For those of you who have suffered through my below average photography skills, I am proud of today’s post. I went to a plant sale at the Dallas Arboretum in 2007. It was the last day of the sale and what was left were mostly annuals. I don’t spend a lot of money on annuals because when building your garden, they are just not a good investment. Perennials are the stable in any flower garden as they are mine. I did find a tiny little plant labeled Cestrum Nocturnum “Orange Peel”. The very informative lady at the table said it was part of the nightshade family, had small orange flowers, was frost tender, and liked a little shade. So I grew it in my shade garden since this last season with disappointing results. It did grow but did not flourish and never flowered. This year I decided to move this plant (commonly known as a Night Blooming Jessamine, still a mouthful to say, to my cutting garden for more sun and hopefully it would survive winters without as much protection. To my delight it has bloomed for the first time and seems very happy where she is. I have not ventured out at night to experience what is described as an intoxicating scent but will soon enough.
This plant is a woody shrub with long sword like nearly evergreen leaves and small syringe type orange blossoms. The bees seem to love them. I took a picture of the first blossom (below) and didn’t notice the guest appearance until I saw it on my computer.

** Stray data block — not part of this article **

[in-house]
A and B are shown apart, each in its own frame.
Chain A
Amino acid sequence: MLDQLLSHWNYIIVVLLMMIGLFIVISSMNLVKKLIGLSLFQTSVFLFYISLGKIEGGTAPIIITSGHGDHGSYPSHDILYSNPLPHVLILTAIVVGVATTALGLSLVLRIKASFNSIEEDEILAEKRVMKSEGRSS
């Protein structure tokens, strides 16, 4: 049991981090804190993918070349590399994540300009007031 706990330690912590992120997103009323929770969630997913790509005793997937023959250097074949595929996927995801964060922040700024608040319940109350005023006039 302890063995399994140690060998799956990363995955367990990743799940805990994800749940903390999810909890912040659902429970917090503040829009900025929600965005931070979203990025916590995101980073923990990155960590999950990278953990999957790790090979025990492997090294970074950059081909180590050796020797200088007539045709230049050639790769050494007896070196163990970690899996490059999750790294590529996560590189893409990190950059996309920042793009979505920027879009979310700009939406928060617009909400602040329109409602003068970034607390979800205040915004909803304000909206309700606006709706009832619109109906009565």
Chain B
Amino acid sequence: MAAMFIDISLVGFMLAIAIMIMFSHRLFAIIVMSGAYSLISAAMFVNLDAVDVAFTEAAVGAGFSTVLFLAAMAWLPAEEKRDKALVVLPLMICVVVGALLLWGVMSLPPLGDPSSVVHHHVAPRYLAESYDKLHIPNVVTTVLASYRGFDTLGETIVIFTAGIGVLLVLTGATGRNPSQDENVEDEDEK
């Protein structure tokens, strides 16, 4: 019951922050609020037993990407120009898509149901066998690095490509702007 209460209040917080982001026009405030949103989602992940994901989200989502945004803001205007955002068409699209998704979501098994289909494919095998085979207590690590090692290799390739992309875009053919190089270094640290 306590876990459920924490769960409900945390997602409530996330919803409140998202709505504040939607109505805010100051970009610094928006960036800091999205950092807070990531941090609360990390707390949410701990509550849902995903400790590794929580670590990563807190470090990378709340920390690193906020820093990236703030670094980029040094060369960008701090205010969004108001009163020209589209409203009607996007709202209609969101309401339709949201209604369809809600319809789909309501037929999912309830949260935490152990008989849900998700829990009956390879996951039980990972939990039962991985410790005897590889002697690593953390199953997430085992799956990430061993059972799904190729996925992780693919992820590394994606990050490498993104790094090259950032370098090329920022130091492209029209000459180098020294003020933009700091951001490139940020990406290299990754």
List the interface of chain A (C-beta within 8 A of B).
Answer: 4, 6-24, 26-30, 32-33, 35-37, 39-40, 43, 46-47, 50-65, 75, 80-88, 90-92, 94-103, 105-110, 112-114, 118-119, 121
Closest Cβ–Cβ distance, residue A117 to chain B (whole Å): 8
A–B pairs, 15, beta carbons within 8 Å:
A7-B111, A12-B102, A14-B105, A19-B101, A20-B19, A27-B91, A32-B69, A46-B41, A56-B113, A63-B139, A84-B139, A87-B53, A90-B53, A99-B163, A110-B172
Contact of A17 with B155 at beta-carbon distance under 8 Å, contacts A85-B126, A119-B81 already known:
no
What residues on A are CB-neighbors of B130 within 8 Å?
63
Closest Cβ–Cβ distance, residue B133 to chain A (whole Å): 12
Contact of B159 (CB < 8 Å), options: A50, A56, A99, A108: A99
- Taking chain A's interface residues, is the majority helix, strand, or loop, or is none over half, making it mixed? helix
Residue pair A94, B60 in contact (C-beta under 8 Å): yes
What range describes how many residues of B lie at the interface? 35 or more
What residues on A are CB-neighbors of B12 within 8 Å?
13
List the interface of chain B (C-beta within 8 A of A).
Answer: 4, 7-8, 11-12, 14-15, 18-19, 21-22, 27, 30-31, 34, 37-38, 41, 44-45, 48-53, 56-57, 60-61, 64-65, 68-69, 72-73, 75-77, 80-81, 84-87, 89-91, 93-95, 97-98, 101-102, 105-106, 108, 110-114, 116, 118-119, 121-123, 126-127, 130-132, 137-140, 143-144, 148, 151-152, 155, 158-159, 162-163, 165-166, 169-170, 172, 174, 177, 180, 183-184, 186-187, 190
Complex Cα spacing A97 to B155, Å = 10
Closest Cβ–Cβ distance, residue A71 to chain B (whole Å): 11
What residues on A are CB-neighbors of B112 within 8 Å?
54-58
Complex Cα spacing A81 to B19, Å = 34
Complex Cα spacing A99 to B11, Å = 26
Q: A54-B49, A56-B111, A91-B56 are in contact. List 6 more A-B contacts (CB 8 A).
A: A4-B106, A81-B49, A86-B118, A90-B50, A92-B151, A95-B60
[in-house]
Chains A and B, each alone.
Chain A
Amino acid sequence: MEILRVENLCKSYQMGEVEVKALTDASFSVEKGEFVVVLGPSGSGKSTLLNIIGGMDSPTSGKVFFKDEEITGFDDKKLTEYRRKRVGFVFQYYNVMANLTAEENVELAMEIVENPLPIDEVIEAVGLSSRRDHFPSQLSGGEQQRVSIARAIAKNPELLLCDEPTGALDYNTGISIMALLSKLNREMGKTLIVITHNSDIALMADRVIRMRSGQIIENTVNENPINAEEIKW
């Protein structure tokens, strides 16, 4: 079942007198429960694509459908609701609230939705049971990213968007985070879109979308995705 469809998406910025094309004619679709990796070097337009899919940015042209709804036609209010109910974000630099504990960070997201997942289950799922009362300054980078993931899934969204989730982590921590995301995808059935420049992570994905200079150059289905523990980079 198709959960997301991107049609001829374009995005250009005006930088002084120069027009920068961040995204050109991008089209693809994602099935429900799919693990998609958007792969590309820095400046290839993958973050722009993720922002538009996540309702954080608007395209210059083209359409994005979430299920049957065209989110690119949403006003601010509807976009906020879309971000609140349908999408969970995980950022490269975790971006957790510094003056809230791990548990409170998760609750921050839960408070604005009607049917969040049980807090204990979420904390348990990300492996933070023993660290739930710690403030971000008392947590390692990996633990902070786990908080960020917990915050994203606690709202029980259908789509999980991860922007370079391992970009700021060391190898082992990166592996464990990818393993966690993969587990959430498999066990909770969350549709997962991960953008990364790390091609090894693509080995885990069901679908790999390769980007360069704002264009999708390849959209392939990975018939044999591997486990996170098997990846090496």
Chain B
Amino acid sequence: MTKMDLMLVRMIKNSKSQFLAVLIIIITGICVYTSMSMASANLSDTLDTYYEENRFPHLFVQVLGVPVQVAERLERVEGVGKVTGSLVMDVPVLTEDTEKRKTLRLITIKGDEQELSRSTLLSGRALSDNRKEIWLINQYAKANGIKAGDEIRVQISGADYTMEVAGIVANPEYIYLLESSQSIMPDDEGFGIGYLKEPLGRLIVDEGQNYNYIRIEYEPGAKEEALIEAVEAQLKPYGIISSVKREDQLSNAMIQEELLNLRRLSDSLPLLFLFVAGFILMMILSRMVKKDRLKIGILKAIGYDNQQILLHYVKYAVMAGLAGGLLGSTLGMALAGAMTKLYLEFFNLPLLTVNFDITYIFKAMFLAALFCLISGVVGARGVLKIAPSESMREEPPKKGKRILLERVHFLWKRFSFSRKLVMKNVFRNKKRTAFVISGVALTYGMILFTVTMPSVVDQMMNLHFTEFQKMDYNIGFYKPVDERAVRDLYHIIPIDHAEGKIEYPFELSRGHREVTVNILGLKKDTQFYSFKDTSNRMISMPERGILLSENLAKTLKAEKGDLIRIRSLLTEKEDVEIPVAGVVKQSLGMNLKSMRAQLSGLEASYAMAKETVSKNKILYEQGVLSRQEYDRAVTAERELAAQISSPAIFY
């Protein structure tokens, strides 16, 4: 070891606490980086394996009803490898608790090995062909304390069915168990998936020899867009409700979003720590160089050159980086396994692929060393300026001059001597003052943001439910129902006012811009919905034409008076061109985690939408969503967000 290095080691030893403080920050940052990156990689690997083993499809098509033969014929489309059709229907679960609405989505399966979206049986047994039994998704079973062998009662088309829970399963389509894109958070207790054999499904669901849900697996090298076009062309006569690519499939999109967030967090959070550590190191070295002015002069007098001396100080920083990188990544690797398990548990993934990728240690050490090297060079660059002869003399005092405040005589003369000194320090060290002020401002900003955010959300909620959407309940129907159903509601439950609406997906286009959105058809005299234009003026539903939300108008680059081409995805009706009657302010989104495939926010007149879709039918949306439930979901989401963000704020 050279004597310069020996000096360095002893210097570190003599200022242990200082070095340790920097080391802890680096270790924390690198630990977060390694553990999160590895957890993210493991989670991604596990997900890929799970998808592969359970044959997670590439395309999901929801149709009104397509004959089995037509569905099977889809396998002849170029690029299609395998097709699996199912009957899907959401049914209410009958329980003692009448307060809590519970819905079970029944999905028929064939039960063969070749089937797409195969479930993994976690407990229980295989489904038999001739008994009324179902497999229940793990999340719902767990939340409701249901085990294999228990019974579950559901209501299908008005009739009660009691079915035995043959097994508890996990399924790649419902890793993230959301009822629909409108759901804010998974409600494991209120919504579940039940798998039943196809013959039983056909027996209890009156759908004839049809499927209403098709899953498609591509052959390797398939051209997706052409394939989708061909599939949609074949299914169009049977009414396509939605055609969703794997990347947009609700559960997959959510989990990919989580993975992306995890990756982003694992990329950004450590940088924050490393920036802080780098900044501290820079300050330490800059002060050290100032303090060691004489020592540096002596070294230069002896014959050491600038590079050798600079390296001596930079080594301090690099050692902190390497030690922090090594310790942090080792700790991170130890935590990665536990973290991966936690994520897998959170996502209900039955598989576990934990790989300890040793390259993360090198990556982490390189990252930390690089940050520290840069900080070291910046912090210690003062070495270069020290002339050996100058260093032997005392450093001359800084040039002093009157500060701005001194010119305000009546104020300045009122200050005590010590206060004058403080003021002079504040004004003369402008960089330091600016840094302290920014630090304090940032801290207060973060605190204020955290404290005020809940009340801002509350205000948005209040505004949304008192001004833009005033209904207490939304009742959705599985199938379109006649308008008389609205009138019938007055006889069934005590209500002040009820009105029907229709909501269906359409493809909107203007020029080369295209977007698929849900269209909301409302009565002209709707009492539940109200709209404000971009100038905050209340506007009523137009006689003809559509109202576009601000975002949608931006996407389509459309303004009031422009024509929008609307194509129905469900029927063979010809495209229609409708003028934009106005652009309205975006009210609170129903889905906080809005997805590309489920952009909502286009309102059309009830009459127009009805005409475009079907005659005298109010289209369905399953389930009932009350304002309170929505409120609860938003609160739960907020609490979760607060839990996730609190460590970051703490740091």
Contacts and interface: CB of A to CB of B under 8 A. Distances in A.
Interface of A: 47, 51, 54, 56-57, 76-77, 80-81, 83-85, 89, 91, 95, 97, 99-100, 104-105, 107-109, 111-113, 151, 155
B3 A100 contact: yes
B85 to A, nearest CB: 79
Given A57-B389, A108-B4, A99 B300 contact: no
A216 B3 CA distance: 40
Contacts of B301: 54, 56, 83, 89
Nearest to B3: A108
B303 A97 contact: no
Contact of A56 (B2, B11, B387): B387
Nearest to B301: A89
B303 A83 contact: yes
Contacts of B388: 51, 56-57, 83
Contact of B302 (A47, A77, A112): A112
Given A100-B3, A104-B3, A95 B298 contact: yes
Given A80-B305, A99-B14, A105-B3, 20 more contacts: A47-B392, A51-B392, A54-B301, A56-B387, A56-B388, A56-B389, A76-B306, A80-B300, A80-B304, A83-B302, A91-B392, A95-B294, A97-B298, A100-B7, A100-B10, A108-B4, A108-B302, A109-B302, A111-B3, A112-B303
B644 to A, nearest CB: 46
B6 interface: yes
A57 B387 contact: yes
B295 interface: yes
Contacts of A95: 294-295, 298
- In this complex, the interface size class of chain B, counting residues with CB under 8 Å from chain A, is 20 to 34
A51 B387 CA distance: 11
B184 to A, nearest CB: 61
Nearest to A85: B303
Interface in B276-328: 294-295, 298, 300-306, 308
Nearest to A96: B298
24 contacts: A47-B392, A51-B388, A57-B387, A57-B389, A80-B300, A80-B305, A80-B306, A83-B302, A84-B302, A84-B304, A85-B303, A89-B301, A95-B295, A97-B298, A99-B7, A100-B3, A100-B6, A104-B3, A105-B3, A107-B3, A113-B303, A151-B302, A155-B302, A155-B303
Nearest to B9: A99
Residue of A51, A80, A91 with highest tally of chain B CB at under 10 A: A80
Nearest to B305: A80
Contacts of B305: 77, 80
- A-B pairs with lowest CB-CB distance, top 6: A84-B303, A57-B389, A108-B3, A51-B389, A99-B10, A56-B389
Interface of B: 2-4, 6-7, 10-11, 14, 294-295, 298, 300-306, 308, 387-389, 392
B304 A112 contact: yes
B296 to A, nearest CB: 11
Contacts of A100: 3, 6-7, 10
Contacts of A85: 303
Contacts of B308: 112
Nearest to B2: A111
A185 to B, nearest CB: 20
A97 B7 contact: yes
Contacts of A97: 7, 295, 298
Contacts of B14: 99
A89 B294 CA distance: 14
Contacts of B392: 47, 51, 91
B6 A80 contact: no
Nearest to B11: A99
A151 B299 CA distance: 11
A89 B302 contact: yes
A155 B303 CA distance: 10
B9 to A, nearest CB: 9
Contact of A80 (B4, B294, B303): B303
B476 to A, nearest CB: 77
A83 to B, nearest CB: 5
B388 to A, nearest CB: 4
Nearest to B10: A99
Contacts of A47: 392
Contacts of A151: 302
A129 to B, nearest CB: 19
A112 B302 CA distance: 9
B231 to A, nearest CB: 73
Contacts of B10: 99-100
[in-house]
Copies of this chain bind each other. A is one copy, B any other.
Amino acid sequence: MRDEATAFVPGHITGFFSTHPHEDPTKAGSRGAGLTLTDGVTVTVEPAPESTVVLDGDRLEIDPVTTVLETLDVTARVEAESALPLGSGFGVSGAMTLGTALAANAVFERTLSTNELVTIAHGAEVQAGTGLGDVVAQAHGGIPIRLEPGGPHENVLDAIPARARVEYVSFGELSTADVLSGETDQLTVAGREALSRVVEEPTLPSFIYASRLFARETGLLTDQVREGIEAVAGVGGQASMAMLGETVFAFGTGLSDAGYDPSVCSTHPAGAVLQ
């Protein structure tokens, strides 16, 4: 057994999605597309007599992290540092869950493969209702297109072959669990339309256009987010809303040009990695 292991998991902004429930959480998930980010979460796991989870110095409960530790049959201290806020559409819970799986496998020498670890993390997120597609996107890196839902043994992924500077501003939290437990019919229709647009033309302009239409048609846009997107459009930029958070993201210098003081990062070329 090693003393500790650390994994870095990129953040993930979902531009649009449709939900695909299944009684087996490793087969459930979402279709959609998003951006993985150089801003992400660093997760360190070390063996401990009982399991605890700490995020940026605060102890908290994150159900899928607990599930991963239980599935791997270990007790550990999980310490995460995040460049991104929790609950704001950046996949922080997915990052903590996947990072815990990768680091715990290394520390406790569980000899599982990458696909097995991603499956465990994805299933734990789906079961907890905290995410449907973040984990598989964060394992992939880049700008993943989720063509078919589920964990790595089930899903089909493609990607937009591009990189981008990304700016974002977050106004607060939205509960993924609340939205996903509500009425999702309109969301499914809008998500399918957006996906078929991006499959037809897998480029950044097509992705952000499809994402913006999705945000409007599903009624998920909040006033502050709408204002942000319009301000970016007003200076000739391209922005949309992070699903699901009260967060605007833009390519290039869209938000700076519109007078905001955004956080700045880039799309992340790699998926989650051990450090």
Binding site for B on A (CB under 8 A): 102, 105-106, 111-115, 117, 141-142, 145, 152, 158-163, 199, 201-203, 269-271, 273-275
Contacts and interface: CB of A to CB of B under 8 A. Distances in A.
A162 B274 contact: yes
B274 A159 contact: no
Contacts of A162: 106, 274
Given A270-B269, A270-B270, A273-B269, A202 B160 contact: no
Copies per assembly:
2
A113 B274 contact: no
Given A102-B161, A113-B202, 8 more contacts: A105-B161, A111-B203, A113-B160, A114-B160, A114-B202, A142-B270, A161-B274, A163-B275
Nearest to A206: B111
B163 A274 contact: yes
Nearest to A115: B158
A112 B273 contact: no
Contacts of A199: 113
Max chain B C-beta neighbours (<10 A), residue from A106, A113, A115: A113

You have to look closely to see him but he is nevertheless there laying in wait, camaflouged and ready to pounce. Now I don’t see a lot of insects except roly polys and the occasional mosquito. You would think as an organic gardener I would have built an encyclopedic knowledge of garden pests and beneficial bugs. I haven’t. The truth is I don’t really care unless they are doing major, concentrated damage. Then I look it up, figure out the best strategy (usually soap or insecticidal oil) and go with it. So I can’t tell you what this guy is but he looks like a predator to me. So welcome to my garden and bon appetite.
Tasty gardening and remember to “bee” positive!